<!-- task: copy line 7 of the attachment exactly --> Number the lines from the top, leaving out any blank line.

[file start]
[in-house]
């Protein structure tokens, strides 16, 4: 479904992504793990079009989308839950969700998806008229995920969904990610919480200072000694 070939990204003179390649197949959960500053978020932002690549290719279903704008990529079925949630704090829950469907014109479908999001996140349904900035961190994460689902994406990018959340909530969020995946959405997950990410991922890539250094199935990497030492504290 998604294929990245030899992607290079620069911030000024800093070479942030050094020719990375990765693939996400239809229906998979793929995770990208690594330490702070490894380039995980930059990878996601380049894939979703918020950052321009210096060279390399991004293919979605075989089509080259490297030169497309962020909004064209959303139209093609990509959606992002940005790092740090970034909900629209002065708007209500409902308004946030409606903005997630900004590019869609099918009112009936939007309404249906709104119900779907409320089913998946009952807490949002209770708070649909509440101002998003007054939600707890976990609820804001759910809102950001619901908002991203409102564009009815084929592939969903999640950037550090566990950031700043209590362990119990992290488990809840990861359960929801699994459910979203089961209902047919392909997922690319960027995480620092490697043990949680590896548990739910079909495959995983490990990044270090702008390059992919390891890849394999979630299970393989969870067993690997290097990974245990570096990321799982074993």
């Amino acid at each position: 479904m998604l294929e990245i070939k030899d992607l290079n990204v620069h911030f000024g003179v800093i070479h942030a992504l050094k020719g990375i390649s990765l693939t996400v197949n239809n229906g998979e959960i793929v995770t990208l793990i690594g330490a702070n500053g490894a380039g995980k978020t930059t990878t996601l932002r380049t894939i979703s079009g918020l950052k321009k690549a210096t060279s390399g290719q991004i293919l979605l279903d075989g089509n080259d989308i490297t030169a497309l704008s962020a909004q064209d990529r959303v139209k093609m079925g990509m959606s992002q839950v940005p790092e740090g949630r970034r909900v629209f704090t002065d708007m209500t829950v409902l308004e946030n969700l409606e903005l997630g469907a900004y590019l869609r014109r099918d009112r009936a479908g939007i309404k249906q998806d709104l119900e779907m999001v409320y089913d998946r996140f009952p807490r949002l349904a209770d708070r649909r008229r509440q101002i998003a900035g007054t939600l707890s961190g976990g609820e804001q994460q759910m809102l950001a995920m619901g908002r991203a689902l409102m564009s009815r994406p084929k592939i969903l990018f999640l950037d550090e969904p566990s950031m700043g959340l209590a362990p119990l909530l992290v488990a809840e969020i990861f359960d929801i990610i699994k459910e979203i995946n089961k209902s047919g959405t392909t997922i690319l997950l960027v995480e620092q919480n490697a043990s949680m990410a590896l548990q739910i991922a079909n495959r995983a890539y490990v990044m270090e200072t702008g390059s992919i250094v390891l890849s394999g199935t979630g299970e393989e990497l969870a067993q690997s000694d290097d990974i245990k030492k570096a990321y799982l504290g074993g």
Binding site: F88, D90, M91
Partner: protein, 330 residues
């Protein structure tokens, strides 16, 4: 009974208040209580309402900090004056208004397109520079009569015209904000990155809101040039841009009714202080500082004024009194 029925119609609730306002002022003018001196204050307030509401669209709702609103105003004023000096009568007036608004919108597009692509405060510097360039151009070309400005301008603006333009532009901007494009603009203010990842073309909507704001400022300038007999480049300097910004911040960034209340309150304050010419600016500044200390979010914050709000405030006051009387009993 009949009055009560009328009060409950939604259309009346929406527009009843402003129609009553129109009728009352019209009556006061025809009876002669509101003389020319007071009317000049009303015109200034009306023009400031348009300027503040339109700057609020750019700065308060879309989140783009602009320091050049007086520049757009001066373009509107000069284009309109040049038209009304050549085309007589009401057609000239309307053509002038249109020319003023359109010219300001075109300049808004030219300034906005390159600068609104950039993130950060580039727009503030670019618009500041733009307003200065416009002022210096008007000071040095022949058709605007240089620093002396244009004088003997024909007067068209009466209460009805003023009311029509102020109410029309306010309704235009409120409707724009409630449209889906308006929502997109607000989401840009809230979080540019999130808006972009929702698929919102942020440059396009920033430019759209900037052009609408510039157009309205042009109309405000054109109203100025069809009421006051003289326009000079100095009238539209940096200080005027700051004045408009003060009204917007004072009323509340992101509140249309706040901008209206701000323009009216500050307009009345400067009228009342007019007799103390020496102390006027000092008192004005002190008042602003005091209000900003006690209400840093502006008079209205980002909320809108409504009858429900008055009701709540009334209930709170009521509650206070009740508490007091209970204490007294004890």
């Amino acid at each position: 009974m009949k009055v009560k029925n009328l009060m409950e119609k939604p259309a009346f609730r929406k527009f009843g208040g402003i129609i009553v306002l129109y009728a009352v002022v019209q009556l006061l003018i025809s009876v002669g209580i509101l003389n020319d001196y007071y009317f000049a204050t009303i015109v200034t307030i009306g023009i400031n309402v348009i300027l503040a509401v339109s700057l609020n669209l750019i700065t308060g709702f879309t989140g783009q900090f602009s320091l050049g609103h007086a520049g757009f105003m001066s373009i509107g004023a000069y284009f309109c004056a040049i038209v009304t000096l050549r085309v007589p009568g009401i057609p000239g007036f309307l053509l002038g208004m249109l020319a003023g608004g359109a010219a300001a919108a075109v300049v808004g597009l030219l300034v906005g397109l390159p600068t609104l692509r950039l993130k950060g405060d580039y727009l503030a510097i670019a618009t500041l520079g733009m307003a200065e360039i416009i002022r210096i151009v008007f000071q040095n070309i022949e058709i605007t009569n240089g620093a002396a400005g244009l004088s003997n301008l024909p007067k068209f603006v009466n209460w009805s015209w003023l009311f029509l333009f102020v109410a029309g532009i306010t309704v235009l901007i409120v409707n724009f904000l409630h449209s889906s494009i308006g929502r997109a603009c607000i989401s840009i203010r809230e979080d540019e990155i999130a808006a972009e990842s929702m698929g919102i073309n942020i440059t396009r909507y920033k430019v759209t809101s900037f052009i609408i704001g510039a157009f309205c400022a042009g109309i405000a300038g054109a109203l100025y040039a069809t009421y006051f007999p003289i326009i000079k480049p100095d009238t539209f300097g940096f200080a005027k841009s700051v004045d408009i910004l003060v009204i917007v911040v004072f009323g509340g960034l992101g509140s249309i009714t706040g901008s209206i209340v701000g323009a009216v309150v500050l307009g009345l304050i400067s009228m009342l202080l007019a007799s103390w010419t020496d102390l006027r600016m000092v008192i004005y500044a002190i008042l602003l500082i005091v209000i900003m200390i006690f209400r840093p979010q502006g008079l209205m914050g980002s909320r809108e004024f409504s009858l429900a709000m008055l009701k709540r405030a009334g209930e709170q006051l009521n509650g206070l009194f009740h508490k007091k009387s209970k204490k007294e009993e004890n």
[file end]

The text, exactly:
């Amino acid at each position: 009974m009949k009055v009560k029925n009328l009060m409950e119609k939604p259309a009346f609730r929406k527009f009843g208040g402003i129609i009553v306002l129109y009728a009352v002022v019209q009556l006061l003018i025809s009876v002669g209580i509101l003389n020319d001196y007071y009317f000049a204050t009303i015109v200034t307030i009306g023009i400031n309402v348009i300027l503040a509401v339109s700057l609020n669209l750019i700065t308060g709702f879309t989140g783009q900090f602009s320091l050049g609103h007086a520049g757009f105003m001066s373009i509107g004023a000069y284009f309109c004056a040049i038209v009304t000096l050549r085309v007589p009568g009401i057609p000239g007036f309307l053509l002038g208004m249109l020319a003023g608004g359109a010219a300001a919108a075109v300049v808004g597009l030219l300034v906005g397109l390159p600068t609104l692509r950039l993130k950060g405060d580039y727009l503030a510097i670019a618009t500041l520079g733009m307003a200065e360039i416009i002022r210096i151009v008007f000071q040095n070309i022949e058709i605007t009569n240089g620093a002396a400005g244009l004088s003997n301008l024909p007067k068209f603006v009466n209460w009805s015209w003023l009311f029509l333009f102020v109410a029309g532009i306010t309704v235009l901007i409120v409707n724009f904000l409630h449209s889906s494009i308006g929502r997109a603009c607000i989401s840009i203010r809230e979080d540019e990155i999130a808006a972009e990842s929702m698929g919102i073309n942020i440059t396009r909507y920033k430019v759209t809101s900037f052009i609408i704001g510039a157009f309205c400022a042009g109309i405000a300038g054109a109203l100025y040039a069809t009421y006051f007999p003289i326009i000079k480049p100095d009238t539209f300097g940096f200080a005027k841009s700051v004045d408009i910004l003060v009204i917007v911040v004072f009323g509340g960034l992101g509140s249309i009714t706040g901008s209206i209340v701000g323009a009216v309150v500050l307009g009345l304050i400067s009228m009342l202080l007019a007799s103390w010419t020496d102390l006027r600016m000092v008192i004005y500044a002190i008042l602003l500082i005091v209000i900003m200390i006690f209400r840093p979010q502006g008079l209205m914050g980002s909320r809108e004024f409504s009858l429900a709000m008055l009701k709540r405030a009334g209930e709170q006051l009521n509650g206070l009194f009740h508490k007091k009387s209970k204490k007294e009993e004890n």